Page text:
Robert Abela and Bernard Grech traded blows at a question-and-answer session with businesses on Monday.
The event was billed as a pre-election meet-up, and for more than an hour it was a rather tame gathering.
However, after lengthy opening statements, the two leaders started taking questions from the floor. And that is when the gloves came off.
Abela landed one of the first right hooks of the campaign when he yielded his own speaking time to his opponent, challenging Grech to say how much the PN’s election proposals would cost.
Grech said the party was preparing to publish a detailed document about that, to which Abela interjected that this was a confirmation that the PN did not yet even know how much its proposals would cost the country.
Abela went on to say Labour’s manifesto pledges would cost €3.3 billion over five years.
The Labour leader went on to warn those gathered that to qualify for the PN’s main pledges, their businesses would have to be certified as complaint with the EU’s Environment Social Governance (ESG) standards.
Abela cited a recent European Commission report that concluded that this would cost local businesses up to €158,000 annually and introduce new requirements like having to employ an outside director in the case of family-owned businesses.
At present only four local businesses are ESG compliant in Malta, Abela said - the island's two largest banks and two publicly listed businesses.
As Abela spoke about this, Grech shook his head in disapproval. But he did not address the specific points raised.
Grech threw a few punches of his own, saying that for businesses to succeed and qualify for measures they had to ingratiate themselves with the ruling faction.
Abela did not respond directly and instead said only that he would reply “at the appropriate time in the right forum”.
Abela pushes individuals as Grech admits past mistakes
In lengthy opening remarks, both leaders gave an overview of their respective electoral pledges.
Abela asked businesses to take a look at the Opposition and ask themselves whether they saw the same calibre of people as in the Labour team.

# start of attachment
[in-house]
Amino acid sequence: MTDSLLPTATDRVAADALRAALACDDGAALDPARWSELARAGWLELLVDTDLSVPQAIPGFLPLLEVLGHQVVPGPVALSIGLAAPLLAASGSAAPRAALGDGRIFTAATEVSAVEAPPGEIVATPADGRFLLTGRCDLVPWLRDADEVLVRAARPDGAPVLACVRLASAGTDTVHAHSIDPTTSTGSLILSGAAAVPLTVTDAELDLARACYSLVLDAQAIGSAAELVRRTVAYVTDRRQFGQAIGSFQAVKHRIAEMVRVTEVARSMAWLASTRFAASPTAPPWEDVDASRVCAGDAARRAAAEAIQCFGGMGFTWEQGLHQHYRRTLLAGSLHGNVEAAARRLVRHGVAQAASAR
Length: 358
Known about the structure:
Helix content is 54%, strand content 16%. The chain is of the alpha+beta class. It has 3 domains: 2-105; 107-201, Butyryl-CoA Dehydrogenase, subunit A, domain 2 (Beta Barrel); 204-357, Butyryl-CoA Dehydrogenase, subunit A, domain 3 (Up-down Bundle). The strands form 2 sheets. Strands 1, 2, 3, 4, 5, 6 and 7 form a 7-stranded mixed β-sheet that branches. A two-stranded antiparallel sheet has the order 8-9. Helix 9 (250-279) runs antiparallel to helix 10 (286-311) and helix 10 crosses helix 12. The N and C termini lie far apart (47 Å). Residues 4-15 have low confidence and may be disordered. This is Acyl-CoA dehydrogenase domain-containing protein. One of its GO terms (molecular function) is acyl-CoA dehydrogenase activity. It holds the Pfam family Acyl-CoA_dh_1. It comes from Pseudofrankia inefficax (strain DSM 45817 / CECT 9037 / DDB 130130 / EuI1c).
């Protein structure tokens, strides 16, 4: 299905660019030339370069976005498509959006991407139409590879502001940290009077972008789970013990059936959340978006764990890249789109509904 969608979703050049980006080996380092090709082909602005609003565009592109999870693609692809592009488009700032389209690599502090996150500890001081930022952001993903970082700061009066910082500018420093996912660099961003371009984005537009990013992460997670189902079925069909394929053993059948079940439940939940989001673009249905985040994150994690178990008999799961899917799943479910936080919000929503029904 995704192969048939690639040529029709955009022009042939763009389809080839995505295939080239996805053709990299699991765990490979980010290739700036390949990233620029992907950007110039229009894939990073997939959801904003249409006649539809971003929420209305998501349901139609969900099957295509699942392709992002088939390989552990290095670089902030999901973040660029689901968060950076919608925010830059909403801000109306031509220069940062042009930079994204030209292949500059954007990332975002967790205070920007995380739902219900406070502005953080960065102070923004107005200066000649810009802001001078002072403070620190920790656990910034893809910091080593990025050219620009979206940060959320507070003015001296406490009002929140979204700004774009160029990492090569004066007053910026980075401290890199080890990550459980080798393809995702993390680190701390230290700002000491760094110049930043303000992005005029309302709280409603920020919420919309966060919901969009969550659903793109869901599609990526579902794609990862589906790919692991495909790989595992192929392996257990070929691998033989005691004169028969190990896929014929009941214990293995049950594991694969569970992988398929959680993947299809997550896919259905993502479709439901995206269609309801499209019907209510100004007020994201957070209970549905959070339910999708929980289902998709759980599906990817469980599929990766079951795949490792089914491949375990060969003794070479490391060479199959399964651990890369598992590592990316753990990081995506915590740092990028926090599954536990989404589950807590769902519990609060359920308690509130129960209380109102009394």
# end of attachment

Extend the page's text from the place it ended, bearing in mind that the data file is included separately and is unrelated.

“Look at economy, business, finance, security, all relevant topics being discussed internationally right now, and tell me if you see the same calibre of people [among the Opposition],” he said.
“Our team on this is united, focused, and with us the country knows where they stand. We deliver on what we propose. Our pledges are costed, responsible, and realistic.”
He said the choice in the election was between a political party of dilettantes and a Labour group that had successfully weathered the pandemic and had the credentials to steer the ship ahead through future challenges.
Meanwhile, Grech repeatedly referred to what he described as past mistakes by the PN.
“The Nationalist Party has learnt from its past mistakes and will continue to learn. Because we aren’t perfect, just like no one is perfect in this room,” he said.
Grech later again referred to “mistakes”, saying that some had even occurred since he became leader and he understood that these errors of judgement had hurt people.
However, the PN leader said the time has come to forgive these and for the business community to put these past incidents behind them.
He said that businesspeople had come to his with complaints without and fear of reprisals from the Labour administration.
This oppression, he said, must be stopped.
"The choice is between someone who knows what he wants and where to go, and another person who announced an election without even having a manifesto," he said.
“We are giving our trust in you, we hope that you return this to us,” he said.
Banking problems and third-country nationals
Both leaders referred extensively to their electoral pledges targeting SMEs, from tax breaks to facilitating business banking.
Among the questions from the floor was one from chamber member Fleur Camilleri who asked how the two leaders were planning to address difficulties in bringing non-EU workers to Malta.
Abela said that international forecasts predict Malta will have strong economic growth. To accomplish this, there is no doubt Malta needs more workers.
Abela said there were misconceptions that so-called third-country nationals, or TCNs, are only people who work in low-paying jobs.
“People who say this do not know the realities of the market - we have scientists, software developers and so on who are TCNs,” he said.
He said the government will be widening the bracket of TCNs who qualify for a fast-track work permit approval. Employers will also be able to physically meet these prospective employees before the process begins.
For non-EU workers already in Malta seeking to change jobs, a Labour government will also enact mechanisms to facilitate this.
Grech said employers need a level playing field - a theme he repeatedly drew on during Monday’s event. He said a government led by him would be hands-on when it came to addressing these issues.
“When you have your finger on the pulse you address these issues faster. Every day that passes without action is another day of less efficiency for businesses,” he said.
“We do not wait for the election to make promises to fix things,” he added.
The two party leaders previously held a debate at the University of Malta last week. That was a rather tame event, despite a rowdy crowd of university students who booed and jeered both leaders.
Monday’s event, before business leaders and social partners, made for a far less hostile environment.